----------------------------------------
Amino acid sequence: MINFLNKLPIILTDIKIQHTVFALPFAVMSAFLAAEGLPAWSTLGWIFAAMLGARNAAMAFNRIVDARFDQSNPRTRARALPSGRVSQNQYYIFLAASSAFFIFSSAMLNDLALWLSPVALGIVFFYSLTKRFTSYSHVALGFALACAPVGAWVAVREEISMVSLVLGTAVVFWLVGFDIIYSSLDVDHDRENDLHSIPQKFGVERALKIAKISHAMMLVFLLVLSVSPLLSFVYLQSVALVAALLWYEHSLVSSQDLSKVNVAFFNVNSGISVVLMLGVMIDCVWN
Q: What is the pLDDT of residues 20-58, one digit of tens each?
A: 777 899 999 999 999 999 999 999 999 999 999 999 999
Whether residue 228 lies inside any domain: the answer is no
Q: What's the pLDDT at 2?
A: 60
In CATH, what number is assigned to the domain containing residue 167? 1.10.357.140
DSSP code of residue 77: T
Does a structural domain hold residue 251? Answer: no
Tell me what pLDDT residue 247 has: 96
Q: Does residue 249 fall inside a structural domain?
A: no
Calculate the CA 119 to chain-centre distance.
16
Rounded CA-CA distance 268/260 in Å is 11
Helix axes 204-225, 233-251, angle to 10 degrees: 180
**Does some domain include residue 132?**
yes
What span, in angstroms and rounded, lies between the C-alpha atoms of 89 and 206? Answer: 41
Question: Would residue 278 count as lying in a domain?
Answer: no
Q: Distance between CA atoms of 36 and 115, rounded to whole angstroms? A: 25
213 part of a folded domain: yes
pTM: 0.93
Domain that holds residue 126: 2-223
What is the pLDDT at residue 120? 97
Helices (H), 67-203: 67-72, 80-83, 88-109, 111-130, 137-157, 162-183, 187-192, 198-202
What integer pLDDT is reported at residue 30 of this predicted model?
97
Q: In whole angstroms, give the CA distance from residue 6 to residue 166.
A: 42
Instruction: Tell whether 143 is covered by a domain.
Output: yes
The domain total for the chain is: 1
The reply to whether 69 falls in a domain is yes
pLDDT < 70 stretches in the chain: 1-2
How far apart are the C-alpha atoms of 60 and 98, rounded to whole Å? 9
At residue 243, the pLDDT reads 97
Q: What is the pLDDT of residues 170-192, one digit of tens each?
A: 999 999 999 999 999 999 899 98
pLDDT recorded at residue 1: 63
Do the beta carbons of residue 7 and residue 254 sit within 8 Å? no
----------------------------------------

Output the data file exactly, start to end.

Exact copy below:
Amino acid sequence: MINFLNKLPIILTDIKIQHTVFALPFAVMSAFLAAEGLPAWSTLGWIFAAMLGARNAAMAFNRIVDARFDQSNPRTRARALPSGRVSQNQYYIFLAASSAFFIFSSAMLNDLALWLSPVALGIVFFYSLTKRFTSYSHVALGFALACAPVGAWVAVREEISMVSLVLGTAVVFWLVGFDIIYSSLDVDHDRENDLHSIPQKFGVERALKIAKISHAMMLVFLLVLSVSPLLSFVYLQSVALVAALLWYEHSLVSSQDLSKVNVAFFNVNSGISVVLMLGVMIDCVWN
Q: What is the pLDDT of residues 20-58, one digit of tens each?
A: 777 899 999 999 999 999 999 999 999 999 999 999 999
Whether residue 228 lies inside any domain: the answer is no
Q: What's the pLDDT at 2?
A: 60
In CATH, what number is assigned to the domain containing residue 167? 1.10.357.140
DSSP code of residue 77: T
Does a structural domain hold residue 251? Answer: no
Tell me what pLDDT residue 247 has: 96
Q: Does residue 249 fall inside a structural domain?
A: no
Calculate the CA 119 to chain-centre distance.
16
Rounded CA-CA distance 268/260 in Å is 11
Helix axes 204-225, 233-251, angle to 10 degrees: 180
**Does some domain include residue 132?**
yes
What span, in angstroms and rounded, lies between the C-alpha atoms of 89 and 206? Answer: 41
Question: Would residue 278 count as lying in a domain?
Answer: no
Q: Distance between CA atoms of 36 and 115, rounded to whole angstroms? A: 25
213 part of a folded domain: yes
pTM: 0.93
Domain that holds residue 126: 2-223
What is the pLDDT at residue 120? 97
Helices (H), 67-203: 67-72, 80-83, 88-109, 111-130, 137-157, 162-183, 187-192, 198-202
What integer pLDDT is reported at residue 30 of this predicted model?
97
Q: In whole angstroms, give the CA distance from residue 6 to residue 166.
A: 42
Instruction: Tell whether 143 is covered by a domain.
Output: yes
The domain total for the chain is: 1
The reply to whether 69 falls in a domain is yes
pLDDT < 70 stretches in the chain: 1-2
How far apart are the C-alpha atoms of 60 and 98, rounded to whole Å? 9
At residue 243, the pLDDT reads 97
Q: What is the pLDDT of residues 170-192, one digit of tens each?
A: 999 999 999 999 999 999 899 98
pLDDT recorded at residue 1: 63
Do the beta carbons of residue 7 and residue 254 sit within 8 Å? no